Threats to Archaeological Resources Lead To Climbing Area Closure in Zion National Park
"Social" trails, too much chalk, and even climbing hardware left in place have prompted Zion National Park officials to close a climbing area to protect archaeological resources from damage.
Affected by the closure is an area of the park known as the "Practice Cliffs," which is just north of the Court of the Patriarchs. The closure is scheduled to take effect June 22. Other climbing routes in the same vicinity will remain open unless additional impacts to the archeological resources are identified.
The closed areas will be clearly marked with signs and barriers.
Beginning in 1994, park archeologists created baseline standards to assess impacts and disturbances to archeological resources in the area known as the “Practice Cliffs.” Over the years an increase of human-caused impacts has been documented. Specific impacts of concern are social trails, installation of climbing hardware and use of chalk.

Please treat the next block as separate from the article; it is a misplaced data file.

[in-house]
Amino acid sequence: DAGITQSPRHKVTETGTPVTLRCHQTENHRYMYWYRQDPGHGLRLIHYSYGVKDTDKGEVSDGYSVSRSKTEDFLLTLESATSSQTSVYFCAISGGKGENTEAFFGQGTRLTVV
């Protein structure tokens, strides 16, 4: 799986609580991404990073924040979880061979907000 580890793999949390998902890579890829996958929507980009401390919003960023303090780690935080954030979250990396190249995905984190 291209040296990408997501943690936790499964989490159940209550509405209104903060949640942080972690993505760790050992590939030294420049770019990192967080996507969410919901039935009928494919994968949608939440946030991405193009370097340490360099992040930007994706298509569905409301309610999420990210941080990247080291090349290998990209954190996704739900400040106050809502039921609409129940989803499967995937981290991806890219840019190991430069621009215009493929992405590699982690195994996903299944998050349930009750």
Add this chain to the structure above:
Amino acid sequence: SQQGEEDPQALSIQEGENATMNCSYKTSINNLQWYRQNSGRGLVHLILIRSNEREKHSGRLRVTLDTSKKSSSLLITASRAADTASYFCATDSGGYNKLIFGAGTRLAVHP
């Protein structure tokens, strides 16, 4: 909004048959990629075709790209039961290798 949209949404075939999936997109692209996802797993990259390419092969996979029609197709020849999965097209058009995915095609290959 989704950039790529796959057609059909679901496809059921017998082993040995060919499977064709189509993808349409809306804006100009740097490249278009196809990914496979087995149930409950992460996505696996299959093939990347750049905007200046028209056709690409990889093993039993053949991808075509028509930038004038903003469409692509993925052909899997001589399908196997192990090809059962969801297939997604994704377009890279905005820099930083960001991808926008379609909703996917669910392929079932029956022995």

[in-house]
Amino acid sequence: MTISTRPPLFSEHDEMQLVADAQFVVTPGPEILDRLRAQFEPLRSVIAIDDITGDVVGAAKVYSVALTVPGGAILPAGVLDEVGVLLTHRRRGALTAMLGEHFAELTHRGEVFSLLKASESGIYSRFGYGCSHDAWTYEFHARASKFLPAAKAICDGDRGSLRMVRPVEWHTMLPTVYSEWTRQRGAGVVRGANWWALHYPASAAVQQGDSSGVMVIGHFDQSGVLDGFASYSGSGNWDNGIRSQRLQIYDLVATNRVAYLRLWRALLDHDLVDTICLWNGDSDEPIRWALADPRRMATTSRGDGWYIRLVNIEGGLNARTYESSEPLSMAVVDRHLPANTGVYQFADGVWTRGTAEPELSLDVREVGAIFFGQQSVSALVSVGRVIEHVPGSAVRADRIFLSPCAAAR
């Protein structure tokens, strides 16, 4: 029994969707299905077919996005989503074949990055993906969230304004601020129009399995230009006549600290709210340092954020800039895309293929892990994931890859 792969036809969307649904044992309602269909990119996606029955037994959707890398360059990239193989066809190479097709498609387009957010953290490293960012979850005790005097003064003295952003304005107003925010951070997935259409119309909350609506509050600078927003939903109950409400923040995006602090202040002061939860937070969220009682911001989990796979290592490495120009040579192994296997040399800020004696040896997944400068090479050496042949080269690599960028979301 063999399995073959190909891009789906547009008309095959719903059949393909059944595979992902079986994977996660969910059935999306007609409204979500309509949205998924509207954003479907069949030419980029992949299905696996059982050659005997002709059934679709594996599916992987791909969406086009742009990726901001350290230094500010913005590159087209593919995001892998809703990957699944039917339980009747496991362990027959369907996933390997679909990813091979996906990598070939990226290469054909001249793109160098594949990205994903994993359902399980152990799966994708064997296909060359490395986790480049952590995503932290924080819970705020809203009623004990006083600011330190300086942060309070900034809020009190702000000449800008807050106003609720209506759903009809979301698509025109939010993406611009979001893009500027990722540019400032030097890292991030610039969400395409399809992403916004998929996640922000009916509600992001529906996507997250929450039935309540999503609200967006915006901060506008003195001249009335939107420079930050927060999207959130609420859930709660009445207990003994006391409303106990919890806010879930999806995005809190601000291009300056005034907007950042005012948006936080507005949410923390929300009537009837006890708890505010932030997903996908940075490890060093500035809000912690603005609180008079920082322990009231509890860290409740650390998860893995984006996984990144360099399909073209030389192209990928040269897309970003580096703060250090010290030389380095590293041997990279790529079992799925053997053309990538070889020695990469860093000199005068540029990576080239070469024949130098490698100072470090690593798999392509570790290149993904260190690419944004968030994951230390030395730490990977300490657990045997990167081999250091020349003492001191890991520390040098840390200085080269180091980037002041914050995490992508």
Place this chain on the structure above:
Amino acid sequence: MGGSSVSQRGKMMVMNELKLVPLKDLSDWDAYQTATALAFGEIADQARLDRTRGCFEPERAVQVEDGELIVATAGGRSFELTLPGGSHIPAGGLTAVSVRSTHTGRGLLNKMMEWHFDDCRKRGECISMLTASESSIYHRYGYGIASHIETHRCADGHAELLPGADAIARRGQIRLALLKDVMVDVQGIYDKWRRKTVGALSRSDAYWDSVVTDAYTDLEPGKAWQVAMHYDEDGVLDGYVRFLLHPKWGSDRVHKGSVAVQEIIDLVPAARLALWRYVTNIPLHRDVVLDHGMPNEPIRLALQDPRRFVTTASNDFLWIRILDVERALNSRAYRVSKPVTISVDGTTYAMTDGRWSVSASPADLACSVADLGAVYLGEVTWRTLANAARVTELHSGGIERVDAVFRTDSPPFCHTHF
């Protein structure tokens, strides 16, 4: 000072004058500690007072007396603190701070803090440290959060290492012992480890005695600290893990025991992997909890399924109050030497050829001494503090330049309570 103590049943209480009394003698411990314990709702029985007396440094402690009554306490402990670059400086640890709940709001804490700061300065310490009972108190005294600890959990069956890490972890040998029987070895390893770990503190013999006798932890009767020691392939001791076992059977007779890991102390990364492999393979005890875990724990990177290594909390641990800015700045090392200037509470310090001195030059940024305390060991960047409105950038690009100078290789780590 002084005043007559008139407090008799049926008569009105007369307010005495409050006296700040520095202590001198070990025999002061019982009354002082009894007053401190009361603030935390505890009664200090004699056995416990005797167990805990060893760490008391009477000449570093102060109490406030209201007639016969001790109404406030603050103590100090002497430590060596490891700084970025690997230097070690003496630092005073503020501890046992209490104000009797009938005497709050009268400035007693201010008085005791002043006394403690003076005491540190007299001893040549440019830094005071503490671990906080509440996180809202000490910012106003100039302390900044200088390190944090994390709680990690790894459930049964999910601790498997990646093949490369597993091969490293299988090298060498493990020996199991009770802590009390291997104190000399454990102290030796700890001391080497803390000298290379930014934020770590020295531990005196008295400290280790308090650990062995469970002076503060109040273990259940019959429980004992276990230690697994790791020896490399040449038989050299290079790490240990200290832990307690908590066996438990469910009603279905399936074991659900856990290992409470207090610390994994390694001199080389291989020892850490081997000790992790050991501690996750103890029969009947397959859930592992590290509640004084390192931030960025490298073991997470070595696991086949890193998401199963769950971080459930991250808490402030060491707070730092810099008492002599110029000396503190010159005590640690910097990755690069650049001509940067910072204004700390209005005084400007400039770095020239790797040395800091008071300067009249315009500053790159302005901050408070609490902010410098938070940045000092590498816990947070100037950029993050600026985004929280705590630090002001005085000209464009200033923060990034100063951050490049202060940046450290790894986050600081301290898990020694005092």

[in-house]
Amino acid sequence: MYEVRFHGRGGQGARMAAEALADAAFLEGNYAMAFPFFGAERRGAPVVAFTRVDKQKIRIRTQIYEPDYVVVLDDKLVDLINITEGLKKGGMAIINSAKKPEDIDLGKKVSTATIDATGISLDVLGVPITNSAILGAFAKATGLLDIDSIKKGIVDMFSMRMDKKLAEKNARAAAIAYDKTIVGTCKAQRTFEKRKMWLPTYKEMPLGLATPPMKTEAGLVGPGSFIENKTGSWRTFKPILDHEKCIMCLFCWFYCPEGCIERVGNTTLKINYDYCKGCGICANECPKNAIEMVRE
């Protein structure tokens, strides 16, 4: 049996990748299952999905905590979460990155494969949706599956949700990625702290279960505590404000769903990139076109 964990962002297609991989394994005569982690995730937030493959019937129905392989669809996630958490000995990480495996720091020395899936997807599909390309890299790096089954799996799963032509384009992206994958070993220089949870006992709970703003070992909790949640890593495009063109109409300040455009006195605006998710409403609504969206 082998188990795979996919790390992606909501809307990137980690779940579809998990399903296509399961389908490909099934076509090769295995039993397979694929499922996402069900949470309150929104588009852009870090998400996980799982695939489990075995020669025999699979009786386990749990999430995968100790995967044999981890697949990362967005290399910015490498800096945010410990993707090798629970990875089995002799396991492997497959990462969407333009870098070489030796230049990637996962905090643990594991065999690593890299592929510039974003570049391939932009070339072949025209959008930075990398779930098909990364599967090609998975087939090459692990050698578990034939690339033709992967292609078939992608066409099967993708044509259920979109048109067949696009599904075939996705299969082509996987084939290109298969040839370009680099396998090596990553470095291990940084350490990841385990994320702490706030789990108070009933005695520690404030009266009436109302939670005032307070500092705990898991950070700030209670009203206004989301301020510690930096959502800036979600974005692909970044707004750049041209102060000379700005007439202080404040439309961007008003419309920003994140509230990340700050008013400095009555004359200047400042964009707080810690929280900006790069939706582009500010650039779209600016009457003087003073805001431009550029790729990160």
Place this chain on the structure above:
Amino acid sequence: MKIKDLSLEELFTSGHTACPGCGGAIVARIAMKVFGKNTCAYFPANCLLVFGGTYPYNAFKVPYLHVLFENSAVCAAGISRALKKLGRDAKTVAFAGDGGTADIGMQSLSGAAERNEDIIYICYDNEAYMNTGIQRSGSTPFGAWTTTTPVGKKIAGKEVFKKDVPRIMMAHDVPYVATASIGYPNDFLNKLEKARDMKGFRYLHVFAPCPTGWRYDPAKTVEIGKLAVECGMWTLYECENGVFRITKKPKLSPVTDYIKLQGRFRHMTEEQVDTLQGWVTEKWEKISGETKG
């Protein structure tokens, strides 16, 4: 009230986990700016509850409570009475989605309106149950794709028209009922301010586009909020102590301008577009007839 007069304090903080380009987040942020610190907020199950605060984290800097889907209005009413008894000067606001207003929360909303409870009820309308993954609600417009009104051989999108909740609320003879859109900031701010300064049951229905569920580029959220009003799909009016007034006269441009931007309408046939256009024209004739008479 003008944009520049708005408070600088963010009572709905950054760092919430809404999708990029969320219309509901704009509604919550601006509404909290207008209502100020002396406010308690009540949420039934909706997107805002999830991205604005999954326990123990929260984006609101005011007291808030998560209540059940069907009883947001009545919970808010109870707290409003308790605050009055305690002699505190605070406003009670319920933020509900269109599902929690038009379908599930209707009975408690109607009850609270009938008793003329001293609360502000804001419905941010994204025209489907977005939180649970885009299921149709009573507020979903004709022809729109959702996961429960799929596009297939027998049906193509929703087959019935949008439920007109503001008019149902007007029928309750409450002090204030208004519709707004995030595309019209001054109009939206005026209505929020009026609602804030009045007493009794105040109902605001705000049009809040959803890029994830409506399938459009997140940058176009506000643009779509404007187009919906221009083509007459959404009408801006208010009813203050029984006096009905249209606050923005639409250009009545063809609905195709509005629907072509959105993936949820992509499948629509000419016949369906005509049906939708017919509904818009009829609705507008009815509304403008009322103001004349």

"Social" trails are routes that go off established trails. Not only do they trample vegetation, but they can lead to erosion problems, loss of cultural deposits, accumulation of debris and vegetation, and damage to cultural remnants.
Installation of climbing hardware has resulted in damage to archeological sites and creates a defined route that might lead to future damage by continued use. Climbing chalk on archeological features introduces chemicals and oils to sensitive surfaces and can lead to an increase of erosion.
Park archeologists will continue to monitor the closures to provide accurate data and to ensure compliance.
While recreational climbing can be a challenging and rewarding activity, park officials say the sensitive resources in Zion require protective measures to ensure the preservation of the park’s cultural heritage.